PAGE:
Loss of dopamine affects movement, both of skeletal muscle and the smooth muscle of the gastrointestinal GI tract. Individuals with PD may experience frequent falls Dolinis et al. Individuals with PD have been found to have a higher incidence of bone thinning and fractures than age-matched control groups Ishizaki et al. Loss of the olfactory sense and sense of taste are frequently present Huttenbrink, ; Hawkes et al. These, along with other factors, may contribute to the high rate of unplanned weight loss in this population Markus et al. There are also indications that B vitamin deficiencies may be of concern, although the causes are not clearly understood. In , Bender et al.
Huttenbrink KB: Diet of plant sense of smell and taste. Information intake via interview is disease important, paying particular attention diet is the foundation of healthy nutrition. The evidence is pretty overwhelming that a plant-based, whole food to weight changes and risk parkinsons bone thinning. based
Plant-based diets might aid in the prevention and reversal of disease. I became a vegetarian over 10 years ago. I chose not to eat red meat, chicken, or fish for animal welfare reasons. However, many vegan foods may be unhealthy. For example, a nondairy diet consisting of junk food could be labeled vegan despite the artificial ingredients. A plant-based diet, on the other hand, consists of minimally processed fruits, vegetables, whole grains, legumes, nuts, seeds, herbs, and spices. Plant-based diets exclude all animal products, including red meat, poultry, fish, eggs, and dairy, so they are both vegetarian and vegan. I believe the emphasis on plant-based diets is here to stay and will become the norm over time. I miss Parmesan cheese I used to put Parmesan on everything, from soup to salad to pasta, creamer for my cappuccino, yogurt, burgers, cheddar cheese for my veggie burgers, and chocolate mousse. But after much trial and error, I can finally say that I can live without them. Luckily, I can purchase nondairy substitutes at my local health food store or supermarket.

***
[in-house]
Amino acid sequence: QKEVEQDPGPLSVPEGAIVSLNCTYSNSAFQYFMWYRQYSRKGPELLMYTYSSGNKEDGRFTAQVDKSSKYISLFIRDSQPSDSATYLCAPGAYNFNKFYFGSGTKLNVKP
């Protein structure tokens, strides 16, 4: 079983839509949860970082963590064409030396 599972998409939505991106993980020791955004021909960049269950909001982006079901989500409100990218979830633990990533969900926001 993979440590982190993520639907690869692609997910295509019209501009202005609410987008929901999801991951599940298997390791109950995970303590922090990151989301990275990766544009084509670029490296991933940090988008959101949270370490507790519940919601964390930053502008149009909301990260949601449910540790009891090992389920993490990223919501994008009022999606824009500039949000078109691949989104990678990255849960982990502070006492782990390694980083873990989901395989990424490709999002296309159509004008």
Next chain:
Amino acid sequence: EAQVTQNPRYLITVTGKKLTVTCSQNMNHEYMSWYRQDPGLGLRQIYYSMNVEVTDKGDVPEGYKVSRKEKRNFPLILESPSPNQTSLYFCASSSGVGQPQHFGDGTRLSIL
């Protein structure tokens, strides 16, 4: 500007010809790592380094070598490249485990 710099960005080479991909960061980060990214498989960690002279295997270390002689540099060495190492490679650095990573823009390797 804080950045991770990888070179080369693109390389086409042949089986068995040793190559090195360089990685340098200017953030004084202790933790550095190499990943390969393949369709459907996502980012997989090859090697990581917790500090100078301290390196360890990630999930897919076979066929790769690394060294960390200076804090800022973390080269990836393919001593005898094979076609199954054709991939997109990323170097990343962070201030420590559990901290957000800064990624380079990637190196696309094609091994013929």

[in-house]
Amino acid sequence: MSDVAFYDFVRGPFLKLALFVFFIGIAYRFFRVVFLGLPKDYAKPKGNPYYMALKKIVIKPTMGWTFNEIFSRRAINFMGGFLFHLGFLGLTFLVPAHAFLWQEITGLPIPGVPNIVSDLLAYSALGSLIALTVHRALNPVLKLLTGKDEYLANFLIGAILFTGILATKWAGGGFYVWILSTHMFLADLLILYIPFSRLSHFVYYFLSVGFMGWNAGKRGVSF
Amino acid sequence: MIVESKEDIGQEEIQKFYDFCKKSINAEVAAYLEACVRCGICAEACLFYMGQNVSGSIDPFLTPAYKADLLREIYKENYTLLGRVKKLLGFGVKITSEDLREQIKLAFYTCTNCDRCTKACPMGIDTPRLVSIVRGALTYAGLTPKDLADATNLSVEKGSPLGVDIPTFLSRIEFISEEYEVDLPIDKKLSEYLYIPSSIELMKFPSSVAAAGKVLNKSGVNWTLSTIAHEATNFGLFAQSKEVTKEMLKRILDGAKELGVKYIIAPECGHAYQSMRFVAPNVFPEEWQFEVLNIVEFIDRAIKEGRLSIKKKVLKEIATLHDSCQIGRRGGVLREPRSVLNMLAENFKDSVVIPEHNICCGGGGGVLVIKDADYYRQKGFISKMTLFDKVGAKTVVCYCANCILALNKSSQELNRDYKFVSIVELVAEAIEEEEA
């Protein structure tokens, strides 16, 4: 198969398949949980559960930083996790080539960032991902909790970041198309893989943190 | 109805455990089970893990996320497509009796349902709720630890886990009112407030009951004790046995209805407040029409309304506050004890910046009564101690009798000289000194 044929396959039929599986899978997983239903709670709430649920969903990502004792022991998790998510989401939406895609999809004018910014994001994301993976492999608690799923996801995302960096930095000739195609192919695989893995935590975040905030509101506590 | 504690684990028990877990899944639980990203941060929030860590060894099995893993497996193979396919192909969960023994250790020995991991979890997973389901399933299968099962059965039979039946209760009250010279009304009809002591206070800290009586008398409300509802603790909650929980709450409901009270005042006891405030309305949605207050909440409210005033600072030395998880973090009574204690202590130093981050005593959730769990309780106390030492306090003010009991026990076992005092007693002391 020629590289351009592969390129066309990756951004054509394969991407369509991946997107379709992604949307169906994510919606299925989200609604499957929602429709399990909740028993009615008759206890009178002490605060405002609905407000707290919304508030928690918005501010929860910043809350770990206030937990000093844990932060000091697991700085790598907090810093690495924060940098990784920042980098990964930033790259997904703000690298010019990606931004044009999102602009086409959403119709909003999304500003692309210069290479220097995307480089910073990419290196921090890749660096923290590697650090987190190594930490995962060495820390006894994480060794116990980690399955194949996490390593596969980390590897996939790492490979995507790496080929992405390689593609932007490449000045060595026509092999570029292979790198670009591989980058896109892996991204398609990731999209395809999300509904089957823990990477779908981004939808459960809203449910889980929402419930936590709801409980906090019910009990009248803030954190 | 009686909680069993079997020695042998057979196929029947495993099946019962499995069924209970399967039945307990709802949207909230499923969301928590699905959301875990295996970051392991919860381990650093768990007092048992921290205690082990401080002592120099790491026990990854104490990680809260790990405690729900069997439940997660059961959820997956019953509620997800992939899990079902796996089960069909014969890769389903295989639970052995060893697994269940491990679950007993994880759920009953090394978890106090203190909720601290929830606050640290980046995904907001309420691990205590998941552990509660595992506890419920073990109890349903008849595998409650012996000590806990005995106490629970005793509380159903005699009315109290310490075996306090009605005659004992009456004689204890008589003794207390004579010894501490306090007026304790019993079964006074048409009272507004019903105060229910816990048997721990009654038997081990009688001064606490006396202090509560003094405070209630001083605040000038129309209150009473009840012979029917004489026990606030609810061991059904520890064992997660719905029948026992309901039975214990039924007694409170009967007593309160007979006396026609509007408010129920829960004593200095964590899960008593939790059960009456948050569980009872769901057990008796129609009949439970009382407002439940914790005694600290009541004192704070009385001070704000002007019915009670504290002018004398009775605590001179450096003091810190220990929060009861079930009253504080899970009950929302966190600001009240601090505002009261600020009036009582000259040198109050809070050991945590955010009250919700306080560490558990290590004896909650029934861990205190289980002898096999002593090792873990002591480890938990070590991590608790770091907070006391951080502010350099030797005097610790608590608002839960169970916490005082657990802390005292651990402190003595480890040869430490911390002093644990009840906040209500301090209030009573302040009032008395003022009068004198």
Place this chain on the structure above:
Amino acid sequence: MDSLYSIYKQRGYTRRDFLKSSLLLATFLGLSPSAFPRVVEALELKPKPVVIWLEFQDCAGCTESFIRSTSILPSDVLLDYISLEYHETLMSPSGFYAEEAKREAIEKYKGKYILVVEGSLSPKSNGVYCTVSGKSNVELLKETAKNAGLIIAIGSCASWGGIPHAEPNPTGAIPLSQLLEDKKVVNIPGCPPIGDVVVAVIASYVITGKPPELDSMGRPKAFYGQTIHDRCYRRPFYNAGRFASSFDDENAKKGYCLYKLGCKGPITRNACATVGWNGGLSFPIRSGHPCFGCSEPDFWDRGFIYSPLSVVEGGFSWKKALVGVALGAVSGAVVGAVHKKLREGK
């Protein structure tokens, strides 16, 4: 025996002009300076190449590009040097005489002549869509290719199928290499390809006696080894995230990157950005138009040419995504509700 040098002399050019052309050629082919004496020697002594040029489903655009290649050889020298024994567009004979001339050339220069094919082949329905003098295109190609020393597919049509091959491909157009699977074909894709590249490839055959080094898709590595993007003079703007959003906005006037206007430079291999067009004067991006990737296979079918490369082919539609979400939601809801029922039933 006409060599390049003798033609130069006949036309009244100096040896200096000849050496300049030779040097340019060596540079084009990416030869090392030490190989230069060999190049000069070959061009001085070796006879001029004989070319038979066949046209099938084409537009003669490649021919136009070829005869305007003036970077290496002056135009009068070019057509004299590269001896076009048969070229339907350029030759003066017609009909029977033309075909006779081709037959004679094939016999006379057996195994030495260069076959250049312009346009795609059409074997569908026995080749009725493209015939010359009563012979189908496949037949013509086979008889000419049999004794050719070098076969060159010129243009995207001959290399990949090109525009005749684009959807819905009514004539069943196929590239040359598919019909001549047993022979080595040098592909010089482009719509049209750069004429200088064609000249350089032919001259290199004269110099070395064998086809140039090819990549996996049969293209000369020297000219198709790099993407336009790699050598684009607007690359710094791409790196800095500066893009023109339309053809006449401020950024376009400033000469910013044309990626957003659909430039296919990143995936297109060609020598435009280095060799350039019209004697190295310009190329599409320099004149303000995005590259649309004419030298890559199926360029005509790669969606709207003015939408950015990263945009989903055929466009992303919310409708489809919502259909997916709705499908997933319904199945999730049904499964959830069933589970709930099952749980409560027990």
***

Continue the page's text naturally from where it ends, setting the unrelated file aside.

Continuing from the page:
A recent study found that giving folks the equivalent of about two cups of coffee a day worth of caffeine significantly improved symptoms of the disease. These drugs appear to work no better than plain caffeine, which is dramatically cheaper and probably safer. This may be partially because of pollutants that magnify up the food chain into the meat and dairy supply, but it could also be from the protective phytonutrients in healthy plant foods. These cells make dopamine from L-dopa derived from an amino acid in our diet. Thus, a plant-based diet would be expected to raise levodopa bioavailability and bring some advantages in the management of the disease through two mechanisms: reduced animal protein intake and an increased fiber intake. So researchers put folks on a strictly vegan diet, saving beans for the end of the day, and indeed found a significant improvement in symptoms. Michael Greger, M.